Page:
Hitachi unveils 2TB 7200RPM HDD, Deskstar 7K2000

By on August 6, 2009, 10:02 AM
Hitachi has announced the five-platter-packing 2TB Deskstar 7K2000 hard disk drive. With a rotational speed of 7200RPM, it's the industry's first among desktop HDDs. Its specs include a 32MB cache and SATA II interface. In addition to their new 2TB drive, Hitachi is also refreshing its high-volume desktop HDD family. The new 7200RPM Deskstar 7K1000.C family will house up to a capacious 500GB per platter, and will be available in sizes from 160GB to 1TB.

Both the 7K2000 and 7K1000.C feature a patented ramp load/unload design to boost shock protection, and Thermal Fly-height Control (TFC) to sustain a steady fly-height during the read/write process. The 72K000 boasts 10% less power consumption at idle over previous its previous generations, and the 7K1000.C measures about 4.4W or less power consumed at idle.


I suspect that most people don't need 500GB of storage, much less 2TB, but I know firsthand just how quick the GBs disappear. In a world of $80 1TB drives, Hitachi's asking price for the new 2TB offering will make or break its launch - but they're keeping quiet. The Deskstar 7K1000.C will ship in the present quarter, and I gather that the 7K2000 will be available soon enough.

Press release

New 3.5-Inch Deskstar 7K2000 Marks a New Milestone Geared to Meet the Insatiable Performance and Capacity Needs of Desktop Users


SAN JOSE, Calif. – August 6, 2009 – Continuing its tradition of being first-to-market with industry leading hard drives, Hitachi Global Storage Technologies (Hitachi GST) today announced that it is now shipping the world’s first, two terabyte (2TB), 7200 RPM hard disk drive (HDD). The new, colossal, 2TB Deskstar™ 7K2000 blends high performance and high capacity with low power and other eco-friendly features designed to enable Energy-Star rated computers and other high performance desktop systems.
Leveraging a solid track record for reliability, the new Deskstar 7K2000 is now in its fourth-generation using the company’s unique five-platter design with relaxed bit density and proven perpendicular magnetic recording (PMR) technology. Couple this with an ultra-quiet operation, a 32MB cache and a 3Gb/s SATA interface, and the new Deskstar 7K2000 is the ideal desktop drive for power users, gamers or anyone looking for a big, fast hard drive.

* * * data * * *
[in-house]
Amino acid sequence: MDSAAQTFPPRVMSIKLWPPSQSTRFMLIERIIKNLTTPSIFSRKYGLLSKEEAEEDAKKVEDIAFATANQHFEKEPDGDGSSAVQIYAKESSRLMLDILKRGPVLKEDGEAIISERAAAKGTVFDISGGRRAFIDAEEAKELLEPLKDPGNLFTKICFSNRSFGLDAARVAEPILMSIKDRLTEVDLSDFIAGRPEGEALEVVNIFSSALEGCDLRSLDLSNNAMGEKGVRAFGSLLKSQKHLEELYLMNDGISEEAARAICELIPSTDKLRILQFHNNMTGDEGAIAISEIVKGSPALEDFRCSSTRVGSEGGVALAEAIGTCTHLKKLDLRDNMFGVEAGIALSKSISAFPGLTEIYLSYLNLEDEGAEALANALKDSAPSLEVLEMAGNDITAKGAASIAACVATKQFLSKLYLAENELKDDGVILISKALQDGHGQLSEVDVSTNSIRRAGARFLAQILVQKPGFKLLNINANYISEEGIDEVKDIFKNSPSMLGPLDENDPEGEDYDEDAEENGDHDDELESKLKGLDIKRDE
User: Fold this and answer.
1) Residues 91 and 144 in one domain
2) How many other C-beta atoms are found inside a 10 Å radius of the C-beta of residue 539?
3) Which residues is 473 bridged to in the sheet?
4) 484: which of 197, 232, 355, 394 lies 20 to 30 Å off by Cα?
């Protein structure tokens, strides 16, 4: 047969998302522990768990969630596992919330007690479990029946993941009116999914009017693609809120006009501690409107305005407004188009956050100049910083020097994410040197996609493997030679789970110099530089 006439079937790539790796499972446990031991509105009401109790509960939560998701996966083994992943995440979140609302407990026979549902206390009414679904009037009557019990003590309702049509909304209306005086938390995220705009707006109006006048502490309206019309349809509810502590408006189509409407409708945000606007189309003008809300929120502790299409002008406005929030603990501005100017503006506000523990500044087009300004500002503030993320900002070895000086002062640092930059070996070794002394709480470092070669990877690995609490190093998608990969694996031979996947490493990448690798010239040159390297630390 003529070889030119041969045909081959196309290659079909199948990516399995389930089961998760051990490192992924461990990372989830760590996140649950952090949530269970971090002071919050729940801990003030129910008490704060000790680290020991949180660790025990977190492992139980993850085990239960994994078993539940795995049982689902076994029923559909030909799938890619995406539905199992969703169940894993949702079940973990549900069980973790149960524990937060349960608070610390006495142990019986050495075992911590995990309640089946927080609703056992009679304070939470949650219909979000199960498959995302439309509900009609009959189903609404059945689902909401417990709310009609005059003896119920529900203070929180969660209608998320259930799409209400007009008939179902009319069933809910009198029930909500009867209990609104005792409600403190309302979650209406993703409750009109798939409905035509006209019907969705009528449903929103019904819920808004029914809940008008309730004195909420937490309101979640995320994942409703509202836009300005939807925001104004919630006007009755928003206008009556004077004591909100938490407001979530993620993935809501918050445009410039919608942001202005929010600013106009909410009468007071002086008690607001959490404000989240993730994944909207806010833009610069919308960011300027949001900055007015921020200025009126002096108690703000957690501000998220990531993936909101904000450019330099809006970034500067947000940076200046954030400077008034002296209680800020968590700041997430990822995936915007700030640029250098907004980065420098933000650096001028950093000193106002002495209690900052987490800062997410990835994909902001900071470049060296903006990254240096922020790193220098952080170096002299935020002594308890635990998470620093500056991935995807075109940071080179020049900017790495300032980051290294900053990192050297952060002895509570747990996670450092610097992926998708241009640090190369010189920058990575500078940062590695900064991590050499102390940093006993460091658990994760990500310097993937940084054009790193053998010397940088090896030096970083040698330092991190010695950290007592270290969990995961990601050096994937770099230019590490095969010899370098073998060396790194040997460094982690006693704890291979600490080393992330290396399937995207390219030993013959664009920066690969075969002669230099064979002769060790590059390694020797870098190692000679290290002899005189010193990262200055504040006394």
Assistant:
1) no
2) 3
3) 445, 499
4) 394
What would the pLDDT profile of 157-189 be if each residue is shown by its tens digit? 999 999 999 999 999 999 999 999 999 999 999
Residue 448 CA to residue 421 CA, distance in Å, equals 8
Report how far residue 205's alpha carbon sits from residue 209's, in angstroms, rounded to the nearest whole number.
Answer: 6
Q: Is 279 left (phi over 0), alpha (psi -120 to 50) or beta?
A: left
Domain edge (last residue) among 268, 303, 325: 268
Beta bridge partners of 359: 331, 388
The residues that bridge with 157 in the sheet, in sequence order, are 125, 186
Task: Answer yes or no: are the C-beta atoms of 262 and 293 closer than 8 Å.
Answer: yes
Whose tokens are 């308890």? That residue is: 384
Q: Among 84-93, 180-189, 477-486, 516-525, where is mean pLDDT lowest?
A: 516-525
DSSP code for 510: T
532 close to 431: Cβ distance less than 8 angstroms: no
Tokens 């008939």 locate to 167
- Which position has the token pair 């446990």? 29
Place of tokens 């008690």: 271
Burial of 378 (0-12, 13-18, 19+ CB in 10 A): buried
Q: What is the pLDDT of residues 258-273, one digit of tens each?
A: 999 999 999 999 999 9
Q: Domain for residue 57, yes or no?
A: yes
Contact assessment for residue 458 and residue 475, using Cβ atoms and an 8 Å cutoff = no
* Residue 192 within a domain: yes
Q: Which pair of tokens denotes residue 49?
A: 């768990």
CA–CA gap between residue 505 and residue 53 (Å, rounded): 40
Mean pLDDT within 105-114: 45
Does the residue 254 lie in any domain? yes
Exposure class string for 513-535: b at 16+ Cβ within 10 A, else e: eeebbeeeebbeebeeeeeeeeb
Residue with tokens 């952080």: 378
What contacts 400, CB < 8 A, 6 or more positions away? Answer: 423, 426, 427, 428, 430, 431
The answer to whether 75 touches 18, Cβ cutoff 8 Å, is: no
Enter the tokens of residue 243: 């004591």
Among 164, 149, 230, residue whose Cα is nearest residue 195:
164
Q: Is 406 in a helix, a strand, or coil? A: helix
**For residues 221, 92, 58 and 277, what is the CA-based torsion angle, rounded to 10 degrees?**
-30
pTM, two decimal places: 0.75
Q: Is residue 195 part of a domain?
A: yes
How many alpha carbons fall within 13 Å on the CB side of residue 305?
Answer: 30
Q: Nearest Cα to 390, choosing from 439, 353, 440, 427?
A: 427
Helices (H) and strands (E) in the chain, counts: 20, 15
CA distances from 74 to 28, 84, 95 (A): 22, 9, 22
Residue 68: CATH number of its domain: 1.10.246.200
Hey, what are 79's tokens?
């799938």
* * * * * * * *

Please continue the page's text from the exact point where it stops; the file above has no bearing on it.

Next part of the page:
“The new Deskstar 7K2000 reflects our ongoing commitment to provide customers, channel partners and OEMs with proven, reliable solutions for enabling desktop computers, gaming systems, workstations and desktop RAID arrays,” said Brendan Collins, vice president of marketing, Hitachi GST. “At Hitachi, we continue to offer one of the broadest product lines in the world with a focus on delivering industry-leading hard drives that meet the reliability, performance, capacity and power needs of a variety of traditional and emerging market segments.”

“The demand for higher capacity disk drives is being fueled by the persistent growth of digital information generated by consumers and organizations alike,” said John Rydning, research director for hard disk drives at IDC. “With the introduction of the industry's first 7200 RPM, 2TB HDD, Hitachi GST is building a tradition of time-to-market leadership for delivering the biggest and fastest disk drives for capacity-hungry PC users, given it was also the first HDD vendor to ship a 1TB HDD, the Deskstar 7K1000, in early 2007.”